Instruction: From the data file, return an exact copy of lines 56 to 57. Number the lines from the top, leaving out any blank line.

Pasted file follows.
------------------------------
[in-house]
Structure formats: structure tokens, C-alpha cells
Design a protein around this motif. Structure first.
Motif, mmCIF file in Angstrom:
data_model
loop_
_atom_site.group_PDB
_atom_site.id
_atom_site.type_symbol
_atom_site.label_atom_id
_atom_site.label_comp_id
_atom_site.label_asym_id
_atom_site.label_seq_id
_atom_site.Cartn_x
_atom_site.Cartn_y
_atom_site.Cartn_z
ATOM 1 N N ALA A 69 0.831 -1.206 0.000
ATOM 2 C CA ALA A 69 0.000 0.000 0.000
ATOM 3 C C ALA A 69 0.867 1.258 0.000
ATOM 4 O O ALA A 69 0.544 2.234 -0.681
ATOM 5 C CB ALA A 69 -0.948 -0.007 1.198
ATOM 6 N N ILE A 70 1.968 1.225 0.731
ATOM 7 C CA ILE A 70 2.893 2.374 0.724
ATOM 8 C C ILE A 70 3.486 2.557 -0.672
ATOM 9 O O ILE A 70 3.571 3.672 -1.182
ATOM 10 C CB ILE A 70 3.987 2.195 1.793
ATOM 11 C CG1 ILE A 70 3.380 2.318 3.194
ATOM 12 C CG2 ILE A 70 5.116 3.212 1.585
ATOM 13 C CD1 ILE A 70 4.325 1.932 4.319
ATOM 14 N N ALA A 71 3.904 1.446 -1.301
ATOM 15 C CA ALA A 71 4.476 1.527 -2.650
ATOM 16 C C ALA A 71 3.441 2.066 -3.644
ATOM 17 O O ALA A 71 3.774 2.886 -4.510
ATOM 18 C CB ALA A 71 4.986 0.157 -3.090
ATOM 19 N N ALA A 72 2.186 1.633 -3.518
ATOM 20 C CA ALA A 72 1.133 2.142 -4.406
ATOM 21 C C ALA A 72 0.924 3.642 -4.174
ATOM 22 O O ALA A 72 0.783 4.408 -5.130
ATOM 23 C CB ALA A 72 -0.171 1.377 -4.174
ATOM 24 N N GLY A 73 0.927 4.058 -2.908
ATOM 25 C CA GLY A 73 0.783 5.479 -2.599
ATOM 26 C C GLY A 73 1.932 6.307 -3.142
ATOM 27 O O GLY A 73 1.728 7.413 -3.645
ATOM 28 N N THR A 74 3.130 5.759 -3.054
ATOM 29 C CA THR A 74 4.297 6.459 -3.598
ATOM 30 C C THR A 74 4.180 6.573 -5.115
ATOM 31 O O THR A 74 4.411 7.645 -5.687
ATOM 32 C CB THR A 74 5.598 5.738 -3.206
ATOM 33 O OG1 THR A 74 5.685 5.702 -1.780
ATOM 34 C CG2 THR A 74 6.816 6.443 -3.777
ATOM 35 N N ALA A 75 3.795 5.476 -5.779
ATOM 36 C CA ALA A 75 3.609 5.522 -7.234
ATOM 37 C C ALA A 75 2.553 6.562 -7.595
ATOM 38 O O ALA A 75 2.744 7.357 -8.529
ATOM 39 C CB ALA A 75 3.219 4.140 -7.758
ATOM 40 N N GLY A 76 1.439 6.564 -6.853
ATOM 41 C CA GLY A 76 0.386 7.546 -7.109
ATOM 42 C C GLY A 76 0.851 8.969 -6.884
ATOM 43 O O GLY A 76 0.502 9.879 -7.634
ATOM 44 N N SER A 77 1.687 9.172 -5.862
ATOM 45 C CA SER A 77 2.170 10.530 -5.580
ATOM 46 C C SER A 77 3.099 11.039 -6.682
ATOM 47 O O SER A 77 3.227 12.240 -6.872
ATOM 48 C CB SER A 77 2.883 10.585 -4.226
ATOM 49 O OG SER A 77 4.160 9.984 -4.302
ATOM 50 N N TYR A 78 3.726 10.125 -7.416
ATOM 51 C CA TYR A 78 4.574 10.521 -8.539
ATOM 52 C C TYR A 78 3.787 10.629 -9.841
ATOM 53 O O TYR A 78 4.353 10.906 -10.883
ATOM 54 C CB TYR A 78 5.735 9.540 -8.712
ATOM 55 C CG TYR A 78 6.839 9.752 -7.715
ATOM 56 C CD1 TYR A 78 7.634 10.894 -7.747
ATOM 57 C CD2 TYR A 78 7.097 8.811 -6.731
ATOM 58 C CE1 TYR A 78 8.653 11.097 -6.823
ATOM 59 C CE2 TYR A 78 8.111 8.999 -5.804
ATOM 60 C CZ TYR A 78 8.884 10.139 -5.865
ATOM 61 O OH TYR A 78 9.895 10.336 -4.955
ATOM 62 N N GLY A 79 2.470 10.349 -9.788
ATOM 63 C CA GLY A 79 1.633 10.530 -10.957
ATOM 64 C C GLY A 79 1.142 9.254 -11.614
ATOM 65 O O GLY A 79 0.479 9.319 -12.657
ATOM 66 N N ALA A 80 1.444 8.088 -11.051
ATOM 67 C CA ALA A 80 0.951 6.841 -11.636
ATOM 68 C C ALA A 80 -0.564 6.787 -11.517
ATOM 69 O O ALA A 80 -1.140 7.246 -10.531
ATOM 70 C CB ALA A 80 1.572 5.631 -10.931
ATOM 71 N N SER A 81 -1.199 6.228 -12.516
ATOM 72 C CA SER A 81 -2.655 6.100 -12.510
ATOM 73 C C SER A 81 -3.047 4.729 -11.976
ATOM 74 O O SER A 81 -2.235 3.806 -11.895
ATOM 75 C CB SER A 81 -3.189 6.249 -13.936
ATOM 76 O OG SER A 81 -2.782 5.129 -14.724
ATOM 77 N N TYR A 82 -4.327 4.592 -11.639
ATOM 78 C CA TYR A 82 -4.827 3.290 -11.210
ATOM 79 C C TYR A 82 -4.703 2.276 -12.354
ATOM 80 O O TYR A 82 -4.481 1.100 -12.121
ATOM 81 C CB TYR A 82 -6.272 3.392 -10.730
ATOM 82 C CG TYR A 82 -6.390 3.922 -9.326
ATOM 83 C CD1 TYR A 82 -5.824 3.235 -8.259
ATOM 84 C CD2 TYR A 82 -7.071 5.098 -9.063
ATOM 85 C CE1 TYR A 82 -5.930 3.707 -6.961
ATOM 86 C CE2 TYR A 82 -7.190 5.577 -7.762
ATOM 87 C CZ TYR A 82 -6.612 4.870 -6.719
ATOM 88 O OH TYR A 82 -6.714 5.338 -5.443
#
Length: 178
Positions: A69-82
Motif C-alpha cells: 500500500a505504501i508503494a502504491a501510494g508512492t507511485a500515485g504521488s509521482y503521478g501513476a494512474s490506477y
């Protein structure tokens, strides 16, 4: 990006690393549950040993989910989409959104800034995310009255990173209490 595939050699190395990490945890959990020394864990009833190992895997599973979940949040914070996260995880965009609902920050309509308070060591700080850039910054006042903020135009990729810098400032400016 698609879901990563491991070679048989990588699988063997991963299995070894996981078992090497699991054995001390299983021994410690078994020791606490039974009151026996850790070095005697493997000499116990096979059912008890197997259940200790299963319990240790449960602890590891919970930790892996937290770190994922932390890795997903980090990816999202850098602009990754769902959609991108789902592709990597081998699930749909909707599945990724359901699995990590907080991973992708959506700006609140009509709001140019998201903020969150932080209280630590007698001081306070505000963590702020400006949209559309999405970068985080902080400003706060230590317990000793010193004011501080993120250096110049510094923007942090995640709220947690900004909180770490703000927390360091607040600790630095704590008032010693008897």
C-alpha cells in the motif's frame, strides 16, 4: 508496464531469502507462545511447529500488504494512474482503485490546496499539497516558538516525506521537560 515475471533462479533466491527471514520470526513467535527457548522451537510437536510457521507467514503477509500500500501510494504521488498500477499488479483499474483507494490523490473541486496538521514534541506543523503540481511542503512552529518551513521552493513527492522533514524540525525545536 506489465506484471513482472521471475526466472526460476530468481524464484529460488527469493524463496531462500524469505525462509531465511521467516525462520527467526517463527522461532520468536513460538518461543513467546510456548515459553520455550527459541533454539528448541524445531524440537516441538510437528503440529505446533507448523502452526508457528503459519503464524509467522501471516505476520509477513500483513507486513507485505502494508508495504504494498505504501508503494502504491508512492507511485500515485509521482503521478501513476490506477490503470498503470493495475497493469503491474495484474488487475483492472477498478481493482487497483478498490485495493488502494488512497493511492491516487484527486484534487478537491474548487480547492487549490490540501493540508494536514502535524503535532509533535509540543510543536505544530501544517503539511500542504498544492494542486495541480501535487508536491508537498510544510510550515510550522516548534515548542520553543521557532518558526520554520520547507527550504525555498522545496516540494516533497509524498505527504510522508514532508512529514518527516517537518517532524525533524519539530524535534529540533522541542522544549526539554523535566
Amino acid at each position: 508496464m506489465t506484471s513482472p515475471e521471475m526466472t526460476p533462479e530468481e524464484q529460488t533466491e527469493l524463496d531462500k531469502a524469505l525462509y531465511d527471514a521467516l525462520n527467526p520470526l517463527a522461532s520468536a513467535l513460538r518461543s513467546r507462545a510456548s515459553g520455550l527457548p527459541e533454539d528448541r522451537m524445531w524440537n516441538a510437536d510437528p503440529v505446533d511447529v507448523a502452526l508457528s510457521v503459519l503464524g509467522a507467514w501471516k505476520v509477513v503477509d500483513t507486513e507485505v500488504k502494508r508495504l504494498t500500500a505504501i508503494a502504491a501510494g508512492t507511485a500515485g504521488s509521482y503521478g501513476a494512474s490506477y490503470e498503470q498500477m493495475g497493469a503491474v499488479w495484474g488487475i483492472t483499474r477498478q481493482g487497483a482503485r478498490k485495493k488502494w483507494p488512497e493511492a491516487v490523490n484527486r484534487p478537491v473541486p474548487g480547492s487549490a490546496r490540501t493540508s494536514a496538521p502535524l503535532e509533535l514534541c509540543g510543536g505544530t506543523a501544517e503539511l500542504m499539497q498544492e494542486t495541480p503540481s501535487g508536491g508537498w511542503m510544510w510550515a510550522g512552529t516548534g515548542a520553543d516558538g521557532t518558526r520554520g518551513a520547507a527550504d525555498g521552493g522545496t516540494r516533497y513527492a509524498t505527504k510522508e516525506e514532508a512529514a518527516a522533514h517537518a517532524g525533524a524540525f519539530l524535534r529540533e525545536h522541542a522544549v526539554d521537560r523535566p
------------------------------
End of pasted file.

ATOM 40 N N GLY A 76 1.439 6.564 -6.853
ATOM 41 C CA GLY A 76 0.386 7.546 -7.109